24 Hour Toll Free Help

Definition of Testimony

Testimony is evidence provided by a witness during a trial. A testimony can be either oral or written (through a deposition or an affidavit) and is evidence to support a fact or statement. If a witness has been called to provide testimony they have the right to remain silent and not incriminate themselves.

This right is found in the Fifth Amendment of the U.S. Constitution. This Constitutional right includes a defendant's right in a criminal trial to: (1) remain silent, (2) not be called as a witness for the prosecution, and (3) not have the fact that he exercised his right against self-incrimination used against him.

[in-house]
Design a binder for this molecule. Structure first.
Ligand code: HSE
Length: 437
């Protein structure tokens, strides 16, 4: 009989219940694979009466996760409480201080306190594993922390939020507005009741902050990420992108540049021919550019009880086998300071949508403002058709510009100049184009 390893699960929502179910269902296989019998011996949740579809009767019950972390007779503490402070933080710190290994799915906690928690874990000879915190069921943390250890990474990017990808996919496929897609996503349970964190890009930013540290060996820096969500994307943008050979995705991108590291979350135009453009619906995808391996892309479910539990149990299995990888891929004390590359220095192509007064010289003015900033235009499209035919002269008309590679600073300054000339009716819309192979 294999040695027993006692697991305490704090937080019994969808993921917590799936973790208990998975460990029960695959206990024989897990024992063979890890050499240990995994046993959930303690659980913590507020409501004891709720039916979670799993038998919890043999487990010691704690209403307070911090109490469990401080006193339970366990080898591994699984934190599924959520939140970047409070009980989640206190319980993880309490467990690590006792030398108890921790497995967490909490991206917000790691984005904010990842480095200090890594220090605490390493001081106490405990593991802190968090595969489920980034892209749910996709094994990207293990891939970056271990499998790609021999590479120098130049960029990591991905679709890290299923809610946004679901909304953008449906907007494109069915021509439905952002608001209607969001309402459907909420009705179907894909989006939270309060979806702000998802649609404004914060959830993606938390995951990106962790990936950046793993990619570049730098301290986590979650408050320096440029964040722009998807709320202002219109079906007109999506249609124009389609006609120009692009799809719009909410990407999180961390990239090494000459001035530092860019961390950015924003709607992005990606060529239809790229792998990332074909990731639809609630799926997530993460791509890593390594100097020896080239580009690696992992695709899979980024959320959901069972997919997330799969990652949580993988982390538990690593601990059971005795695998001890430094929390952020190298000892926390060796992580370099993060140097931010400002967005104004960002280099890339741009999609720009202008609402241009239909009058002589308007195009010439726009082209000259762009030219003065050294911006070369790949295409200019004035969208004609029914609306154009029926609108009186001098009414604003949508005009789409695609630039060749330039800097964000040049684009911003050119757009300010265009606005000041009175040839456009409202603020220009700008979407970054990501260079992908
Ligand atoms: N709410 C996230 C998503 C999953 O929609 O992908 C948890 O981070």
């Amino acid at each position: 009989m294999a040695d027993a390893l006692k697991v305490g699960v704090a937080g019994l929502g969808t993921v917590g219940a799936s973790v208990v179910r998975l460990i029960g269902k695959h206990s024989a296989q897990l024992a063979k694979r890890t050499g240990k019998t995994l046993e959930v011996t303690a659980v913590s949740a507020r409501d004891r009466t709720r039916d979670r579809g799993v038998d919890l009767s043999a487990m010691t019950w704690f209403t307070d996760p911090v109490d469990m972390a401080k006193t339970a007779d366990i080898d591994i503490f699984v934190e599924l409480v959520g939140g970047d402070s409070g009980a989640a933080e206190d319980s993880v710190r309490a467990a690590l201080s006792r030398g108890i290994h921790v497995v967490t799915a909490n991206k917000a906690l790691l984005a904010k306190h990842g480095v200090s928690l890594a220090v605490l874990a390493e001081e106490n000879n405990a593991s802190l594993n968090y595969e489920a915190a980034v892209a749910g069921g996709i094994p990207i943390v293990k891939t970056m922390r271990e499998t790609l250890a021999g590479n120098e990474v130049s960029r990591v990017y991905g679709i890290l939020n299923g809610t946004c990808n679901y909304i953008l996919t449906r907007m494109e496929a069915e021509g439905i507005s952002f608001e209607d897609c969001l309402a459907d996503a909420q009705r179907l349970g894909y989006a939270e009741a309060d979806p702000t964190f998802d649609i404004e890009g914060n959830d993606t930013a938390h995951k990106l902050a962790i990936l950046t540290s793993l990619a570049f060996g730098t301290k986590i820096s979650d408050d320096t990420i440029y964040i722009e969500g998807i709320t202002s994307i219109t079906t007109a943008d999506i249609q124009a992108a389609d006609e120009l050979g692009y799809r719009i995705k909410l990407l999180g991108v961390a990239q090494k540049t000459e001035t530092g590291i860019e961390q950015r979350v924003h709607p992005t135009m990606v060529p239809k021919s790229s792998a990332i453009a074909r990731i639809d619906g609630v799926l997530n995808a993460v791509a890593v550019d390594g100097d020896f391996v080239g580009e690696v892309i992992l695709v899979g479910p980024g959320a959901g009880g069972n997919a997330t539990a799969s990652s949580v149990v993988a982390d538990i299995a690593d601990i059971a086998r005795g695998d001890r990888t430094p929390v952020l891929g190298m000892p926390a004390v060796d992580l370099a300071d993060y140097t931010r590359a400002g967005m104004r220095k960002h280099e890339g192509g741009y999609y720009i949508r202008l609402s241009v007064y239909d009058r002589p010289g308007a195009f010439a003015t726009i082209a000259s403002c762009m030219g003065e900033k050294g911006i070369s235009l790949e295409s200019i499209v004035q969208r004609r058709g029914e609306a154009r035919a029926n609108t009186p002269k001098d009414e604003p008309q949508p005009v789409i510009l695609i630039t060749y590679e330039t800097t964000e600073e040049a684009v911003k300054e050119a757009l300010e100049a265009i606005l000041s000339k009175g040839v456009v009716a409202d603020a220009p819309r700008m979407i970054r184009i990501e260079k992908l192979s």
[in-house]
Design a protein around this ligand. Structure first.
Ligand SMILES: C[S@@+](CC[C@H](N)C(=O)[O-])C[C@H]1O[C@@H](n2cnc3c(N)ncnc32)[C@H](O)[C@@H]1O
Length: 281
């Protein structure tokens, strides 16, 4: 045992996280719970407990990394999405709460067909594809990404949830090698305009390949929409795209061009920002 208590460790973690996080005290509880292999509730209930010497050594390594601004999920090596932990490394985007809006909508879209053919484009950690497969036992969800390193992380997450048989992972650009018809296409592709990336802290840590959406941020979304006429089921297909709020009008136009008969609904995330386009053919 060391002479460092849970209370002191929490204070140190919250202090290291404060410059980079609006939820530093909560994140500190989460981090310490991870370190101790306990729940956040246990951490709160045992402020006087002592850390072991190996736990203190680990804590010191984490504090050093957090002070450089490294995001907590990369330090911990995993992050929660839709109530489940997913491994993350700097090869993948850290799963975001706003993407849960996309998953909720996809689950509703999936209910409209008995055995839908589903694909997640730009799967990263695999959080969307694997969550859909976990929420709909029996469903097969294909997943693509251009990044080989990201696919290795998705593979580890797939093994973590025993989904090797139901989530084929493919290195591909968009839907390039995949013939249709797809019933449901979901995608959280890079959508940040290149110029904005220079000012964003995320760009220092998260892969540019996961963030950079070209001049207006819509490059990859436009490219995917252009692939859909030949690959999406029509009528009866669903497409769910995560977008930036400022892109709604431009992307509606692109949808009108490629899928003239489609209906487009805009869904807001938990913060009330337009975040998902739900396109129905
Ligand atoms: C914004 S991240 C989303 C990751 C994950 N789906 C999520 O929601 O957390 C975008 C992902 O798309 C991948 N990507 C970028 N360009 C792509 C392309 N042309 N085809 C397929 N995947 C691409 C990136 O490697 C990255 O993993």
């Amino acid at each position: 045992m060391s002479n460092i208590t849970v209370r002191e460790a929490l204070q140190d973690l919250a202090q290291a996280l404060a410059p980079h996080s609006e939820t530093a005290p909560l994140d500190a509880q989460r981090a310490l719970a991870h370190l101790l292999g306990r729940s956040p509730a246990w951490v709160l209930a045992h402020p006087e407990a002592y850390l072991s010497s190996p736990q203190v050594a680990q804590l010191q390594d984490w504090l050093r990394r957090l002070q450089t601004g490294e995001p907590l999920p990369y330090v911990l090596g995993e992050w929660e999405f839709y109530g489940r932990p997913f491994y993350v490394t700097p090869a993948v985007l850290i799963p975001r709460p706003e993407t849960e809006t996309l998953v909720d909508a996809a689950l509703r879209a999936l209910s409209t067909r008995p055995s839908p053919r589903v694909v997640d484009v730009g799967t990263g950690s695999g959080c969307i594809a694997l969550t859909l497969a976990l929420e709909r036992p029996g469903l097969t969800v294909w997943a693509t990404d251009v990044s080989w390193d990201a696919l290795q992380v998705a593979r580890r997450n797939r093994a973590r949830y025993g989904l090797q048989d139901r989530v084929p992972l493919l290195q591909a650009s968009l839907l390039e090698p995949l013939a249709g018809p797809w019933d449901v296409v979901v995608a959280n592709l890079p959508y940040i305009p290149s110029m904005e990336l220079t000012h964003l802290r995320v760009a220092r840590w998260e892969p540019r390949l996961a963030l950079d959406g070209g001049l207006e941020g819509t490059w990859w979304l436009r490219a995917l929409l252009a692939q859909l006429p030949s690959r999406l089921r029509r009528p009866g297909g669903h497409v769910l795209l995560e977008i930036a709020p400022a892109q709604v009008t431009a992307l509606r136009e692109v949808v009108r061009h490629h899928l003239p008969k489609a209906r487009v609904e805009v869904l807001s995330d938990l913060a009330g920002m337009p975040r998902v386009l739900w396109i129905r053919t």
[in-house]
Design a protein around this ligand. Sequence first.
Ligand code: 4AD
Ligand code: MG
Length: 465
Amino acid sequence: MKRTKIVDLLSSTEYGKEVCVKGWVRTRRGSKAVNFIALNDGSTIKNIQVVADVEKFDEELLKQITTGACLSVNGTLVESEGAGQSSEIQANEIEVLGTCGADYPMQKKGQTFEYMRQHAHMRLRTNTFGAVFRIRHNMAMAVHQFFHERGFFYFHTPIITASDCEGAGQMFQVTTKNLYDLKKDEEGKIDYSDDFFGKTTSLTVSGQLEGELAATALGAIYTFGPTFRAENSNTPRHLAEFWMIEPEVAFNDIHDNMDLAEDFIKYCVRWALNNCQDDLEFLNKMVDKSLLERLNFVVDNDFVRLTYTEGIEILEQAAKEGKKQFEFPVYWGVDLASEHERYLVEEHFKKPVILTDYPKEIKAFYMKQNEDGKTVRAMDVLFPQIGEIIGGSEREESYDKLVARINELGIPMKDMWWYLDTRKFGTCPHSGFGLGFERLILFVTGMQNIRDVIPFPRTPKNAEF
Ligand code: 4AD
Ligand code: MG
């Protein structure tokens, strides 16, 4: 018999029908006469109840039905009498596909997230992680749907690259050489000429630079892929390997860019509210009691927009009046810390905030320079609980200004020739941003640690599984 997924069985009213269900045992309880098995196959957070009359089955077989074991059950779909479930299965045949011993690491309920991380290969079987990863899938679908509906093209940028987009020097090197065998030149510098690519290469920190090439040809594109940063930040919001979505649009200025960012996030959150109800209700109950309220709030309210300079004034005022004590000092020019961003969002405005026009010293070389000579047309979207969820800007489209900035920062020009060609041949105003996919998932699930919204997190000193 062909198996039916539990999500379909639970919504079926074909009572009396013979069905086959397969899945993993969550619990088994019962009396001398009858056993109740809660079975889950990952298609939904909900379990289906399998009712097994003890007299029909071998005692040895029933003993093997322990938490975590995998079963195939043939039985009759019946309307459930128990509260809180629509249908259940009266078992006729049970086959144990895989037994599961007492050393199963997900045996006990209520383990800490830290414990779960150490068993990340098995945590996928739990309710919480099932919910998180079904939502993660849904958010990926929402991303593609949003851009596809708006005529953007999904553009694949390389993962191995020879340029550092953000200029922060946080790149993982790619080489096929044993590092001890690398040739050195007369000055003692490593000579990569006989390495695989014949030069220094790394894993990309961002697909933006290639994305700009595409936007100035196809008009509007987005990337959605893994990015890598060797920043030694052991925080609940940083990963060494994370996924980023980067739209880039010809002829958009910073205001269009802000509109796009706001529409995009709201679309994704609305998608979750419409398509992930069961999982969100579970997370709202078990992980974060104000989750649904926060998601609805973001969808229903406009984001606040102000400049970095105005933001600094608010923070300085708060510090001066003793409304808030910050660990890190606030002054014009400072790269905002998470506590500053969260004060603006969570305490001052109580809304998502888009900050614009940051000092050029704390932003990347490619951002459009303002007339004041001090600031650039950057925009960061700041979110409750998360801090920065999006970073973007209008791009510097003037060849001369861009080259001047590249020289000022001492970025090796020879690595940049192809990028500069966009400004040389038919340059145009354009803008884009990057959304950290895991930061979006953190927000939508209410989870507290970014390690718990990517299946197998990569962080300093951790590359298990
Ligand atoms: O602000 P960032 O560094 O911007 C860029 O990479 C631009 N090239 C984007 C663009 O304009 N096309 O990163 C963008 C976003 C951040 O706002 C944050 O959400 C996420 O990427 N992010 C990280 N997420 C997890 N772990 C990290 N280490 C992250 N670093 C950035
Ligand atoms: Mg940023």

In civil cases parties or witnesses can be called to testify and they may not "enjoy an unfettered right to refuse to answer questions on Fifth Amendment grounds." The jury may also infer that the witness is guilty if they refuse to answer questions. The good news is if you are called as a witness to provide testimony in a trial your attorney will generally prepare for questions in advance of the trial.

« Back to Glossary



Browse Personal Injury Terms Alphabetically:

A | B | C | D | E | F | G | H | I | J | L | M | N | O | P | R | S | T | U | V | W | ALL